The legal, ethical and practical concerns are far from put to rest.
They are psychologically-taxing
Along with the strain on the body, being restricted to the cabin of a flying aircraft can be taxing on the mind as well.
We are familiar with air-rage and other behavioural shifts that can occur at higher altitudes. Add to the mix a longer duration, additional physical fatigue, boredom, alcohol, and time-zone shifts, and the potential for depression, anxiety and even psychosis may be substantially increased.
The current world leader in ultra-long-haul
The best way to gauge the effects of the longest flight may be to extrapolate from the current longest flights, and assume an increase in negative effects.
Currently, Singapore Airlines is running the longest commercial flight leg, Singapore to New York, at 15,344 km over a period of 18 hours and 25 minutes. There are six other journeys, via various airlines, also running at more than seventeen hours in the air.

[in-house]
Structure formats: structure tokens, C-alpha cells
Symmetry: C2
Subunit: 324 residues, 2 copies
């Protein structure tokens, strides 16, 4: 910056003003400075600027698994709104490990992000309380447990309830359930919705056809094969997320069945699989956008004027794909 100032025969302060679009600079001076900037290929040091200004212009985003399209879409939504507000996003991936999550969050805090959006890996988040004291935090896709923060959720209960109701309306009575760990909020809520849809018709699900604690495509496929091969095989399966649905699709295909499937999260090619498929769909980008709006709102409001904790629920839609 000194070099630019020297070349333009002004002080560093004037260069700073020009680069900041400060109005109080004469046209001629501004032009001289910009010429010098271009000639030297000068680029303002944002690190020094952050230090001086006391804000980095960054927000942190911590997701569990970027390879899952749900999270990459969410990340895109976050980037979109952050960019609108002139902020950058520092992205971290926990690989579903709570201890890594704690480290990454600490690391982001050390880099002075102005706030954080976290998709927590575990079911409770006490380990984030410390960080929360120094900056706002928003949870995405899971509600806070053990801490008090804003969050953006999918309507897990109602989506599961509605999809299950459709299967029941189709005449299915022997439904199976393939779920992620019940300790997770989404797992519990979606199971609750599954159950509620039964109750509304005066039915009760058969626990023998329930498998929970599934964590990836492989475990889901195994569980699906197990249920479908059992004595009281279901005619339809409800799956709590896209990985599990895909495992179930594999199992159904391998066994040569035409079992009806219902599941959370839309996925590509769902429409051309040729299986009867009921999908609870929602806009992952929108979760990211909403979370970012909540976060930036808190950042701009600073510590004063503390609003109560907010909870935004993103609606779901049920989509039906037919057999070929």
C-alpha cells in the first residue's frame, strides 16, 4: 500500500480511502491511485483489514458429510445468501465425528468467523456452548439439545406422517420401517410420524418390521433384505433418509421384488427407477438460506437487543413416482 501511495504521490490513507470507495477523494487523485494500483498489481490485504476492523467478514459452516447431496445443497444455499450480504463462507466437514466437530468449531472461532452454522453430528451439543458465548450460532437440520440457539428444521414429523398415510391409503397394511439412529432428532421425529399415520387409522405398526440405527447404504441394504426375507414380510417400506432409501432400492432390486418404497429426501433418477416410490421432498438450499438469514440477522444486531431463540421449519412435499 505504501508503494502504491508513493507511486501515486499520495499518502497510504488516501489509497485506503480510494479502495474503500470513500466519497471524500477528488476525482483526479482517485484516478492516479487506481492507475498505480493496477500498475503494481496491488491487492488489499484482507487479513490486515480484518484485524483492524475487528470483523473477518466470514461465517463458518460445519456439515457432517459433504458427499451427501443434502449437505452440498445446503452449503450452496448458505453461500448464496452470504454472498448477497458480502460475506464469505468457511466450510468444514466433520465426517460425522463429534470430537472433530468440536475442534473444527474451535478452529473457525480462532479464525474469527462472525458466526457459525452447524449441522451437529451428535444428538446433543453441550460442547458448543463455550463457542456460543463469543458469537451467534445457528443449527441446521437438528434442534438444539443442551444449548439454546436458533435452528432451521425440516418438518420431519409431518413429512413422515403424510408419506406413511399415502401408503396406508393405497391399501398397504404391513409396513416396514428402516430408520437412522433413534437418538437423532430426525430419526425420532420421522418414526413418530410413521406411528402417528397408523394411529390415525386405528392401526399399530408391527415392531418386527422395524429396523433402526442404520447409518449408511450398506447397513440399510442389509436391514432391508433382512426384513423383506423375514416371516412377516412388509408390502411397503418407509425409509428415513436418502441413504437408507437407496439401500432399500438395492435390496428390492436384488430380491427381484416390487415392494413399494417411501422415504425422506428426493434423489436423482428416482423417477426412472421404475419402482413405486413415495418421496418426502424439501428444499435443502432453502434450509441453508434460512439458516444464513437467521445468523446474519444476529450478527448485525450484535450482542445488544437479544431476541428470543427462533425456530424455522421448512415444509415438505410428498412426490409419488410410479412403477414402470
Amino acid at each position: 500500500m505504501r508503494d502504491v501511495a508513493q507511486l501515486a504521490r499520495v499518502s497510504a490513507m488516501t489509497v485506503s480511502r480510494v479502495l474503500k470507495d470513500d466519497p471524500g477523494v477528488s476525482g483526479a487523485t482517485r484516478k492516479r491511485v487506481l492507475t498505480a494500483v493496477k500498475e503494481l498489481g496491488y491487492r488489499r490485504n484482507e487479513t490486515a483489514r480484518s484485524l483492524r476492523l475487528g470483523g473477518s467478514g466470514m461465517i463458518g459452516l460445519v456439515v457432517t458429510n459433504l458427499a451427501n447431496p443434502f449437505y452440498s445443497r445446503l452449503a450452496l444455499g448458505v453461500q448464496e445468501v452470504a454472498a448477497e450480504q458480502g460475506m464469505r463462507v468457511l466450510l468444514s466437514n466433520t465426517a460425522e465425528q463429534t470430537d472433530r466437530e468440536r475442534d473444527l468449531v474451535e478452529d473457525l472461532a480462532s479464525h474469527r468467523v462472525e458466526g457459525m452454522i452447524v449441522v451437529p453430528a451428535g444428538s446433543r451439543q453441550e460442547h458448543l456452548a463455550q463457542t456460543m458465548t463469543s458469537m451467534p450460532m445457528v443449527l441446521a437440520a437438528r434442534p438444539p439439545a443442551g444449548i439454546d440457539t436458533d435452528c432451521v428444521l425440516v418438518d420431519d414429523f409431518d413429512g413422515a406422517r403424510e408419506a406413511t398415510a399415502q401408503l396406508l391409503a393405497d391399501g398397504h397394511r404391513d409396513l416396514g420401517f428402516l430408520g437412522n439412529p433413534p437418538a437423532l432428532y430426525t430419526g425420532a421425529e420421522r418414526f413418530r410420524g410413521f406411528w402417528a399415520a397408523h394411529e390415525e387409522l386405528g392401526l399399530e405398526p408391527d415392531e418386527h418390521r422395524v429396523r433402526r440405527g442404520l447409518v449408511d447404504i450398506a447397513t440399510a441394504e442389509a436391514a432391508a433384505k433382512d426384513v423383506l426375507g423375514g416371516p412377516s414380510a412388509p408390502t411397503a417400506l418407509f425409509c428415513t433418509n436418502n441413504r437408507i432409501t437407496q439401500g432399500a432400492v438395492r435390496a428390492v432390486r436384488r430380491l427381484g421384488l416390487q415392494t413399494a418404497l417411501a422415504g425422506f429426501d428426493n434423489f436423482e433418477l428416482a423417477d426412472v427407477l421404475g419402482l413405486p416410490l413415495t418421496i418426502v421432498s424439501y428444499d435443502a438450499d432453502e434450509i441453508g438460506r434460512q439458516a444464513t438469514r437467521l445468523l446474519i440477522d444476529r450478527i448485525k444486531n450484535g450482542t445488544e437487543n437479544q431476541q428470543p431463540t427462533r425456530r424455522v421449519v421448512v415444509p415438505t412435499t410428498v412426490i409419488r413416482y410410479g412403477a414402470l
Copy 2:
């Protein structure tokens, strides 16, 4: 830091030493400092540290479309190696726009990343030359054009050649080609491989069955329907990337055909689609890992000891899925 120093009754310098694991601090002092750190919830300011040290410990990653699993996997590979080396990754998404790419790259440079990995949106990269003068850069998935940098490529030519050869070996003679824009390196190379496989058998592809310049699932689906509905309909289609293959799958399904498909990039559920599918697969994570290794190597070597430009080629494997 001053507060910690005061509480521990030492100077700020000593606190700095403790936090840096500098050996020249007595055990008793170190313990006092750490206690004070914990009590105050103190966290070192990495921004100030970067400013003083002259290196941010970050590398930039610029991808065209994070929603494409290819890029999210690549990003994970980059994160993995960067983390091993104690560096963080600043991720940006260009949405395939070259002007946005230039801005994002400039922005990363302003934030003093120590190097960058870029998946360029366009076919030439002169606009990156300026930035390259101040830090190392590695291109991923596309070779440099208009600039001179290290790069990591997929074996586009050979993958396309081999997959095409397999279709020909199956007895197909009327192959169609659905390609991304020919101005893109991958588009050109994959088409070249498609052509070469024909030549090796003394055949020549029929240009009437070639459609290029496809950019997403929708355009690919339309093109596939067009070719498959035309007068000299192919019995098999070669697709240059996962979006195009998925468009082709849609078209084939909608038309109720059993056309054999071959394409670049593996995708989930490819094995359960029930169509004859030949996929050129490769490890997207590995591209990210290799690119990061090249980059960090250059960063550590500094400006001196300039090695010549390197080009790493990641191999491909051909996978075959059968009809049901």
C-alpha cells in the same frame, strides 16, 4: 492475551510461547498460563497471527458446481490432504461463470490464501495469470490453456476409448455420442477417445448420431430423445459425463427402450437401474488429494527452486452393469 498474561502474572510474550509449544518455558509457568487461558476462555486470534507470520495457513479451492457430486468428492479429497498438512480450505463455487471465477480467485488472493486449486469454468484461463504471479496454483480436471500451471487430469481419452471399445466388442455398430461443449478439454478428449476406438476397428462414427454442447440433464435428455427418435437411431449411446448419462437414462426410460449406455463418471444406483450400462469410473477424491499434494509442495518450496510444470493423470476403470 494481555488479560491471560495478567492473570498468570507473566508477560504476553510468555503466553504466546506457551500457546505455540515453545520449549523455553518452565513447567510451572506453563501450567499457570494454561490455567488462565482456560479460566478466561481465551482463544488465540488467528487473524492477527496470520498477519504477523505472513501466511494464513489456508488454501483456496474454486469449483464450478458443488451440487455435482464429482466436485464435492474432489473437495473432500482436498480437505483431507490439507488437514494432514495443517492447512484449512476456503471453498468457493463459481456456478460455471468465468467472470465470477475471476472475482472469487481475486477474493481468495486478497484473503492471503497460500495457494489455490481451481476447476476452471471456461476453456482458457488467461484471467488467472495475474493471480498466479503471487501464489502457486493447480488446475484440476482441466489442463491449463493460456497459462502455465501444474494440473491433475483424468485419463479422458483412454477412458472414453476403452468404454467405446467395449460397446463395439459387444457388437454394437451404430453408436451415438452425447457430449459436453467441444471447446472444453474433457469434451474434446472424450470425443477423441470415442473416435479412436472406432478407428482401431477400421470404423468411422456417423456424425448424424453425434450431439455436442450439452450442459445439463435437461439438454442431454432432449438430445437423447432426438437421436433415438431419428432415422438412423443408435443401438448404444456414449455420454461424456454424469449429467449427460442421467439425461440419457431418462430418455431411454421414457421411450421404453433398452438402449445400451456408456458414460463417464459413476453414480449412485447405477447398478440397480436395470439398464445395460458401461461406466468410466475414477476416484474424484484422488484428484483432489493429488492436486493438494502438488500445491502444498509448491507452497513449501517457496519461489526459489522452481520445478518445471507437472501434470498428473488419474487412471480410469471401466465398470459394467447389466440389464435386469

Perhaps before we rush into breaking even more records for commercial flight duration, we need to take a close look at the effects of current ultra-long-haul flights, and move ahead armed with the data and wisdom gleaned from what we are already doing.
In the meantime…
In the meantime, a good rule of thumb is this: A healthy body can adapt to more stress and strain than an unhealthy one. If you plan to take an ultra-long-haul flight, assess your own condition prior to the journey.
While on the flight, get up and move around regularly, to allow blood flow and give your mind a new setting.
Begin your journey well-rested and well-nourished. Don’t drink too much during the flight, and try to adapt to the light-dark cycle as recommended by the flight crew.